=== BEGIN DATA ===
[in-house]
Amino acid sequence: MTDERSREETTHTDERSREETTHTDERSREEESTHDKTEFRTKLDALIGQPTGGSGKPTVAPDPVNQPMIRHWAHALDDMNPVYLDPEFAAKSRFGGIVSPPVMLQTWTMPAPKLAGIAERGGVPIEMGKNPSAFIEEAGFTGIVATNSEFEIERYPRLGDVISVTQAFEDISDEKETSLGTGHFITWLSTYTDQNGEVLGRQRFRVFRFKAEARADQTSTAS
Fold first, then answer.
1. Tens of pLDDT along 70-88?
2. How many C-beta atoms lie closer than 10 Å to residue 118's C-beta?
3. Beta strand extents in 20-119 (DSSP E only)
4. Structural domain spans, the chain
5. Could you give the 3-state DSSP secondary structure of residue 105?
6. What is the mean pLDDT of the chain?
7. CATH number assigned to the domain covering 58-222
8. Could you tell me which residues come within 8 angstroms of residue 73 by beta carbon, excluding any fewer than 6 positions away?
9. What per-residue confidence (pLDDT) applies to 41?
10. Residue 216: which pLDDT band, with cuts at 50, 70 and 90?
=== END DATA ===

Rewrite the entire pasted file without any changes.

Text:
[in-house]
Amino acid sequence: MTDERSREETTHTDERSREETTHTDERSREEESTHDKTEFRTKLDALIGQPTGGSGKPTVAPDPVNQPMIRHWAHALDDMNPVYLDPEFAAKSRFGGIVSPPVMLQTWTMPAPKLAGIAERGGVPIEMGKNPSAFIEEAGFTGIVATNSEFEIERYPRLGDVISVTQAFEDISDEKETSLGTGHFITWLSTYTDQNGEVLGRQRFRVFRFKAEARADQTSTAS
Fold first, then answer.
1. Tens of pLDDT along 70-88?
2. How many C-beta atoms lie closer than 10 Å to residue 118's C-beta?
3. Beta strand extents in 20-119 (DSSP E only)
4. Structural domain spans, the chain
5. Could you give the 3-state DSSP secondary structure of residue 105?
6. What is the mean pLDDT of the chain?
7. CATH number assigned to the domain covering 58-222
8. Could you tell me which residues come within 8 angstroms of residue 73 by beta carbon, excluding any fewer than 6 positions away?
9. What per-residue confidence (pLDDT) applies to 41?
10. Residue 216: which pLDDT band, with cuts at 50, 70 and 90?